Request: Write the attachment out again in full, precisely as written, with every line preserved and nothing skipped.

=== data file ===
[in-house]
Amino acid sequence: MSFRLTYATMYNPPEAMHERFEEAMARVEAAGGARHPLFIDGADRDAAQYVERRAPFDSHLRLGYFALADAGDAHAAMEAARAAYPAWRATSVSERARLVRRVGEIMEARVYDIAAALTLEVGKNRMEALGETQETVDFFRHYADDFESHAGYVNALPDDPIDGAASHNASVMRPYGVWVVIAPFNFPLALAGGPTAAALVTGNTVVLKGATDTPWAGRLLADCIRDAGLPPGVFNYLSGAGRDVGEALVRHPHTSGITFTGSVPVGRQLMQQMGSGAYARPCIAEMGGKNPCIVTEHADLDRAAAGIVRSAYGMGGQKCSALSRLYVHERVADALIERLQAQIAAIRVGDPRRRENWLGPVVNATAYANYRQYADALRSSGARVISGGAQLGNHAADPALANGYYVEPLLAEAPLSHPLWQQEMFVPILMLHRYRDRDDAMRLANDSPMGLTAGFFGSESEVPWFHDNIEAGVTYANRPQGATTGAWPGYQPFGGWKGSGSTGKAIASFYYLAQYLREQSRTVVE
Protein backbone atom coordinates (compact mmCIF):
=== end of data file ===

[in-house]
Amino acid sequence: MSFRLTYATMYNPPEAMHERFEEAMARVEAAGGARHPLFIDGADRDAAQYVERRAPFDSHLRLGYFALADAGDAHAAMEAARAAYPAWRATSVSERARLVRRVGEIMEARVYDIAAALTLEVGKNRMEALGETQETVDFFRHYADDFESHAGYVNALPDDPIDGAASHNASVMRPYGVWVVIAPFNFPLALAGGPTAAALVTGNTVVLKGATDTPWAGRLLADCIRDAGLPPGVFNYLSGAGRDVGEALVRHPHTSGITFTGSVPVGRQLMQQMGSGAYARPCIAEMGGKNPCIVTEHADLDRAAAGIVRSAYGMGGQKCSALSRLYVHERVADALIERLQAQIAAIRVGDPRRRENWLGPVVNATAYANYRQYADALRSSGARVISGGAQLGNHAADPALANGYYVEPLLAEAPLSHPLWQQEMFVPILMLHRYRDRDDAMRLANDSPMGLTAGFFGSESEVPWFHDNIEAGVTYANRPQGATTGAWPGYQPFGGWKGSGSTGKAIASFYYLAQYLREQSRTVVE
Protein backbone atom coordinates (compact mmCIF):